Over the last 7 years or so, the so called indie industry within video games has grown in such a huge pace that even the more optimistic of developers wouldn’t have thought of it. From Bastion to Shovel Knight, from Ori and the Blind Forest to the recent success of Rocket League, these games have been praised all around the web, both by players and journalists, and in some cases even getting nominated for Game of the Year. But, opposed to the saying that goes “for every black cloud there’s a silver lining”, for every bright light, a shadow is always cast. And this shadow my friends are the haters; people that as of today, 2015, think of the indie game as something lesser by nature and that there are nowhere near the quality, enjoyment and aesthetics of a 60 dollars triple A title, I still continued to play these game by myself, I even insulated a room with a company from San Diego at http://www.asifoam.com/san-diego/, to make sure I could play and no one will be bothered. This last bit of text is what motivated me to write this column, to educate not to judge a book for its cover (or price tag, marketing campaign, etc).
But first, my experience with indies and how playing one opened my mind about them. My first exposure to an indie game was Super Stardust HD, by Housemarque. I got the game because of PSN’s big hacking issue in 2011; Sony offered two free full games for the trouble caused, and since the only one I didn’t have was Super Stardust HD, the choice was fairly simple. To my surprise, the game was very good; it was like Space Invaders 6.0, non-stopping shooting action around a little planet with a super catchy soundtrack to relay on, it never got old. I just needed the exposure to a game like Super Stardust HD to understand that this kind of games could rival any AAA product any day.
Shortly after this event, a little game called Bastion released for Xbox 360, getting lots of attention and prizes from various websites. I consider Bastion the foundation stone for the games to come; it was the indie game that achieved the necessary critical acclaim in order for the players to go say “hey, indie games are actually a thing”. Add this to the fact that next gen consoles (Xbox One and PS4) fully embraced the indies and the results are pretty amazing: games like Hotline Miami, Shovel Knight, Rogue Legacy, Ori and the Blind Forest, Transistor, Resogun and a lot more are up there, always competing from some prize or receiving very good scores overall.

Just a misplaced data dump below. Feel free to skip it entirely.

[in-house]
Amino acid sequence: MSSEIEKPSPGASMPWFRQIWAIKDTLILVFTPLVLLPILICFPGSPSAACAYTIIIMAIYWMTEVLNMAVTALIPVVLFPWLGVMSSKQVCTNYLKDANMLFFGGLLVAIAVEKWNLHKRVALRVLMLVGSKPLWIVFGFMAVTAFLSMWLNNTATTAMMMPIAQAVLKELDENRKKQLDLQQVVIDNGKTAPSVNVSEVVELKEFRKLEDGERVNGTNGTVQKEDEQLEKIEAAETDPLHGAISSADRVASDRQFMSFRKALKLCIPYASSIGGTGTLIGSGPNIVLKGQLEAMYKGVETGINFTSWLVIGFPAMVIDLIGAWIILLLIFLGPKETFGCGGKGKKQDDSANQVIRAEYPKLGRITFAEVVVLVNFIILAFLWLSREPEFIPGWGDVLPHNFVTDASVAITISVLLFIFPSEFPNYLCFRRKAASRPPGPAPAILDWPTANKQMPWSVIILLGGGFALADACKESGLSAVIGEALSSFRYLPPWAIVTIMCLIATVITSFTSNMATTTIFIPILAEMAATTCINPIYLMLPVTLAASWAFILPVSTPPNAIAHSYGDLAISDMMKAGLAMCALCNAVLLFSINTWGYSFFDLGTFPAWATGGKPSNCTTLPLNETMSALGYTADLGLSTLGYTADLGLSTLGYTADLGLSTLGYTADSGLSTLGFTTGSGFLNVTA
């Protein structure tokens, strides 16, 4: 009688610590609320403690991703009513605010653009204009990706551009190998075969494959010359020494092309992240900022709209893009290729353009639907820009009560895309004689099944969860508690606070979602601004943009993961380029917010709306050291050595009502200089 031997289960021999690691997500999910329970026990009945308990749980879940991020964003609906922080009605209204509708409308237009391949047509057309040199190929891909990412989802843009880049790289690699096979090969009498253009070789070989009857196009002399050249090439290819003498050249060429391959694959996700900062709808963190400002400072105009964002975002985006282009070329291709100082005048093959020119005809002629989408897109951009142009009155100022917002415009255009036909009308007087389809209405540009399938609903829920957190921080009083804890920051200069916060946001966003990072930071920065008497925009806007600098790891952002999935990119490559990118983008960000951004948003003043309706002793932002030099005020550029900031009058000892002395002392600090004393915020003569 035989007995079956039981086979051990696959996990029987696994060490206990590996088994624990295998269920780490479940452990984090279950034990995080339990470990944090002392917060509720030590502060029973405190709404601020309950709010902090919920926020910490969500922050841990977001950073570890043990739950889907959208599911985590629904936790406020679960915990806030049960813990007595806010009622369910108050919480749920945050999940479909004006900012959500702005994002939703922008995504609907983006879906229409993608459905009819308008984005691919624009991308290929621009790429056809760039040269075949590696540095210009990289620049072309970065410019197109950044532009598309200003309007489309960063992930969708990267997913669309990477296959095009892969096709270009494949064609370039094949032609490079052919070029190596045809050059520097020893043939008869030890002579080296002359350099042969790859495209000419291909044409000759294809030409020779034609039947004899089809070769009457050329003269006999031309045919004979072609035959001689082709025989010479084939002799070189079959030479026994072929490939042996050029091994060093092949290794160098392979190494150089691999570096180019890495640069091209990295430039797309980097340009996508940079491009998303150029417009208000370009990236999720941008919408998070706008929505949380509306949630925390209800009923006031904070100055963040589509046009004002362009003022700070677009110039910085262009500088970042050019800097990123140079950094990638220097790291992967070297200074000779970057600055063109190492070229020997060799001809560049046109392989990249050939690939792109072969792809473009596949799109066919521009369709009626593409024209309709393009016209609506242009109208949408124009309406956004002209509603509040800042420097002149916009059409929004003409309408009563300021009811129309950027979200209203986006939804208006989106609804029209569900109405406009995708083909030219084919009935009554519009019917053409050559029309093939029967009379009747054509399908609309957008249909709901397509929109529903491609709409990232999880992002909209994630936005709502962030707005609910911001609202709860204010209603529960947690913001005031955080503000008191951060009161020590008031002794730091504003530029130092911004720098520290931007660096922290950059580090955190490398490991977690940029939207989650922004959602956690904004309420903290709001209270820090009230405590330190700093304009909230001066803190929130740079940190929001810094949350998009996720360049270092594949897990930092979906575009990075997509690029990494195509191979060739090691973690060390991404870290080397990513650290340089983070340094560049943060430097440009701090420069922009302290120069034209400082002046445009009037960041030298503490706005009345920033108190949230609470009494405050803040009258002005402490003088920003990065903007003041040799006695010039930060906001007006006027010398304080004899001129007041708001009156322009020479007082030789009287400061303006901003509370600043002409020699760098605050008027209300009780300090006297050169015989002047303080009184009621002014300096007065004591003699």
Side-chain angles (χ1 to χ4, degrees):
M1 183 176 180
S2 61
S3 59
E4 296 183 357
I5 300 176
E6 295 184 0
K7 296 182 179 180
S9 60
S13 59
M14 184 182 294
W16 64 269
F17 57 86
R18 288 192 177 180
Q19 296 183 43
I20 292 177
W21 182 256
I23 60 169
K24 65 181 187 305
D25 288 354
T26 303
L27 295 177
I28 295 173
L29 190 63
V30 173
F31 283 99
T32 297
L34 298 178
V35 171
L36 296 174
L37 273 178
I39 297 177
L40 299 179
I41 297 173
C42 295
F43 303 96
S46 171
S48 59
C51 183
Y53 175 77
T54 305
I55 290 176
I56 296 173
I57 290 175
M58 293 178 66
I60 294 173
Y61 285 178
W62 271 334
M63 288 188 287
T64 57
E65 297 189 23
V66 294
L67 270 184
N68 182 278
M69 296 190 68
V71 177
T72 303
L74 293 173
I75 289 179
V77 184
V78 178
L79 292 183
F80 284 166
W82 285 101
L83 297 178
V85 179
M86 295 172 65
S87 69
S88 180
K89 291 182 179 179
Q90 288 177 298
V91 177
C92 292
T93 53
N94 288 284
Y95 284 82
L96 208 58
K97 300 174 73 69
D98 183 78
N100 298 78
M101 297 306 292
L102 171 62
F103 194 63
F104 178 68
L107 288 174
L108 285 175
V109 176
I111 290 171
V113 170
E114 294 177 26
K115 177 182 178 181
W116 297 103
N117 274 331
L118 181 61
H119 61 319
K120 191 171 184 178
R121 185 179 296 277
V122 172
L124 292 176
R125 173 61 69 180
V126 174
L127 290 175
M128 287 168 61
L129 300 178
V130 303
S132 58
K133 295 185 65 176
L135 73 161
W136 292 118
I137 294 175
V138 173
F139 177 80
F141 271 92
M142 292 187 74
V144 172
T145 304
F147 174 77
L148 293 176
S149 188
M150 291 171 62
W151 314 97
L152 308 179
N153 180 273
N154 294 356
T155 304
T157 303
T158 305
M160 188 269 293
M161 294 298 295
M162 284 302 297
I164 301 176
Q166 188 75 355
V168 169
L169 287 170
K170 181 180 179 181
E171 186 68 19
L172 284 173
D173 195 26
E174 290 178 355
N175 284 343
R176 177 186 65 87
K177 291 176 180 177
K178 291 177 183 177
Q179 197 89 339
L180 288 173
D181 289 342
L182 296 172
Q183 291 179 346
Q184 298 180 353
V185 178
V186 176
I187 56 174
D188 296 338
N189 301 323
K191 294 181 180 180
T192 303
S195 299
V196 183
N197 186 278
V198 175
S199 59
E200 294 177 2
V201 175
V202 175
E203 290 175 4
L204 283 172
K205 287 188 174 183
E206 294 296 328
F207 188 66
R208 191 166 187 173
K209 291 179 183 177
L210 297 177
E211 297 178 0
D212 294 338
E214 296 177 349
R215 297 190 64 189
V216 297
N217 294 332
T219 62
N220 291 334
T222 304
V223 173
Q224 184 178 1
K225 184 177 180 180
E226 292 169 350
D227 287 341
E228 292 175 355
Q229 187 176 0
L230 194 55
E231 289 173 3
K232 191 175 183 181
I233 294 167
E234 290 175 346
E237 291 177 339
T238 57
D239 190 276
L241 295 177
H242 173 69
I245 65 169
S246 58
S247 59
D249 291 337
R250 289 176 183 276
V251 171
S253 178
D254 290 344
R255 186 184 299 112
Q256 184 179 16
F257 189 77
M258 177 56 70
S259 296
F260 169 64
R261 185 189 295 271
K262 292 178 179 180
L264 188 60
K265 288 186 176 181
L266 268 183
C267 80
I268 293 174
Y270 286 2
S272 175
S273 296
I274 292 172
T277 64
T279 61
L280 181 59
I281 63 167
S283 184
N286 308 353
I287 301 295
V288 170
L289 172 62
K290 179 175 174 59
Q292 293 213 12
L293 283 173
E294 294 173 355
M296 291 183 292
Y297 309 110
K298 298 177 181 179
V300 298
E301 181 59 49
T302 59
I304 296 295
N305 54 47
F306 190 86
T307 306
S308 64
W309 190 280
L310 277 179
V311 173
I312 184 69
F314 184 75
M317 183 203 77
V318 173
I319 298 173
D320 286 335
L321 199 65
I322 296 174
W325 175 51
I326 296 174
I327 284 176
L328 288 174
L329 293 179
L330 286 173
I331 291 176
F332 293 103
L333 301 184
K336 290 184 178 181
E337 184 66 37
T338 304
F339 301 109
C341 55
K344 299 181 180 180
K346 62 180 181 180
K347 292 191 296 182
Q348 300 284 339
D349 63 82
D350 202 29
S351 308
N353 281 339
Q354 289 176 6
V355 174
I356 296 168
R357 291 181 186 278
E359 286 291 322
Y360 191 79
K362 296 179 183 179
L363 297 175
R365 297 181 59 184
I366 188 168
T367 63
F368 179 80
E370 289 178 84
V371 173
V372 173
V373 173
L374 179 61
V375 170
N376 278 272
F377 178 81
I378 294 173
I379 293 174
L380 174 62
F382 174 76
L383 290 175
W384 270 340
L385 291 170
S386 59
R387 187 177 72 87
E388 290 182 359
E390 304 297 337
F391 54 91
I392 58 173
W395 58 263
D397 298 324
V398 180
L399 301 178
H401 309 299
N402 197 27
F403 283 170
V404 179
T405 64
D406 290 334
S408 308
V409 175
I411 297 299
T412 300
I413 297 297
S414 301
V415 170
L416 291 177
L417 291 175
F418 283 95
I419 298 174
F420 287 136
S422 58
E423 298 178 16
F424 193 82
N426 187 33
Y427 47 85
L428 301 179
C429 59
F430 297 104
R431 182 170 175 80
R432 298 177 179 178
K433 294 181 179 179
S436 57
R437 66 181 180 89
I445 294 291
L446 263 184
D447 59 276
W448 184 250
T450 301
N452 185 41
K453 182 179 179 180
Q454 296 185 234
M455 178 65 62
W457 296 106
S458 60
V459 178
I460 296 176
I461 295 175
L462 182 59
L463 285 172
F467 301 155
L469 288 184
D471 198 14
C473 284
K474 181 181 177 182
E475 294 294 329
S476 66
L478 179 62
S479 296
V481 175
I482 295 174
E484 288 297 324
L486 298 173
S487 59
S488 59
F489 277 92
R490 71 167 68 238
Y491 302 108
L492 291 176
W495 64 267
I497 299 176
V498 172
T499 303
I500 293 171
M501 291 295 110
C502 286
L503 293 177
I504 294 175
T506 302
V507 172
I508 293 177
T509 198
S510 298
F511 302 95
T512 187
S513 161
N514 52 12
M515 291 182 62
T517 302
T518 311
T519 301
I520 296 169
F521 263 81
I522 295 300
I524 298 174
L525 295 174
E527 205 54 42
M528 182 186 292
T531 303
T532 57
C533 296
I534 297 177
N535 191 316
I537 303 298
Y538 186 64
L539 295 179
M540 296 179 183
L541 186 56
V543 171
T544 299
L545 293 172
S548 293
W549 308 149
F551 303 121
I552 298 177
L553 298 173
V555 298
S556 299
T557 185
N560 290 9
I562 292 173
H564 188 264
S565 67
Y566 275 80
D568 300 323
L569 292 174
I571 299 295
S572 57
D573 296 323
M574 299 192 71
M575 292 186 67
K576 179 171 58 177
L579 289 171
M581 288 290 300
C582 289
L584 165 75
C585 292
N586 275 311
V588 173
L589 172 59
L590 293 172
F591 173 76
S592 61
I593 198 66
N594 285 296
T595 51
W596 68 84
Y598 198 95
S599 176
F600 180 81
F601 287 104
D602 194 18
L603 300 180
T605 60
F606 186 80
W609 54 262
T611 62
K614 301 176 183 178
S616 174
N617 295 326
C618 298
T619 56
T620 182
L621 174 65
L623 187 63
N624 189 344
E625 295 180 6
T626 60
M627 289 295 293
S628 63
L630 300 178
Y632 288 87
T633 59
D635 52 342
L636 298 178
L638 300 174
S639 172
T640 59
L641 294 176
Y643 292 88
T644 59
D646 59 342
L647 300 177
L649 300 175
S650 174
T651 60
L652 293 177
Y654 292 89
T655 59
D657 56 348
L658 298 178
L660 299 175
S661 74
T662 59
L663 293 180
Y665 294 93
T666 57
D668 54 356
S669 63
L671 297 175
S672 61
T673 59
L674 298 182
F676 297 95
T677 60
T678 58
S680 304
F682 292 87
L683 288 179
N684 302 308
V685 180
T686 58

So why some portion of the gamer community still neglects reluctantly to play these games and, even more, has come to despise them?
A wide array of reasons comes to my mind, but two of them are stronger than the others, so I will make focus on these two. I like to believe the first reason is the most trivial and resonates with my experience: This group of the gamer community has either a bad experience with it first indie title, dropping them forever, or, even more, has never experienced an indie title. Here’s where the second reason ties in, and it has to do with marketing and price tags. Since the release of PS3 and Xbox 360, we have been used to pay AAA games a standard prize (now 60 dollars), that I think our mindsets at some point makes us reason “If this game costs 20 dollars, then it must be short and mediocre at the very best”, and that can’t be further from truth; a clear example would be to grab the latest Godzilla’s game, AAA published by Namco/Bandai, full retail price. That game sucks hard. With the same money, you can buy both Supergiant Games’ titles, Bastion and Transistor, have some extra change and have an overall better experience than with the king of kaijus’ game.
My point here is; the indie industry, just like the AAA industry and almost everything in life, has it highs and it lows, and trust me, those highs are getting higher by the seconds because indie developers have a special trait most of the big budget developers lack; they do whatever the fuck they want with their games, they are able to express their ideas in the same way they conceived it in their heads. That and the fact that if they blow it, they are almost done for it, so that extra risk factor usually makes for the developers to be extra careful and to polish every little corner of their game before release. You don’t find that kind of pressure in the big industry, take Ubisoft for instance: Assassin’s Creed III was a pretty bad game, however, year after year the AC games keep releasing, despite the technical issues AC III (and why not, the new ones too) had, and keep selling like the next big thing. If you take that example to indie ground, well, I can assure you a developer releasing a game with those standards would be immediately forced either to mobile gaming or not making any other game at all.
I would like to close this train of thought with a quote from one of my favorite videogames journalist, Colin Moriarty who, after what I think was last years’ Gamescom, said something in the lines of “I walked down the hall, to one side were the indie industry booths, to the other side the big industry booths, and I told to myself “this side has the ideas the other side needs””. And I couldn’t agree more with that statement (He also wrote an article in the same vein as this one, you can check it out here).
Wrapping up, I talk to you little guy who keeps saying “PS Plus/Xbox Gold, I want triple AAA titles, not only indies”, give those indies a chance, you might have a pleasant surprise and expand your mindset to a whole new world of games.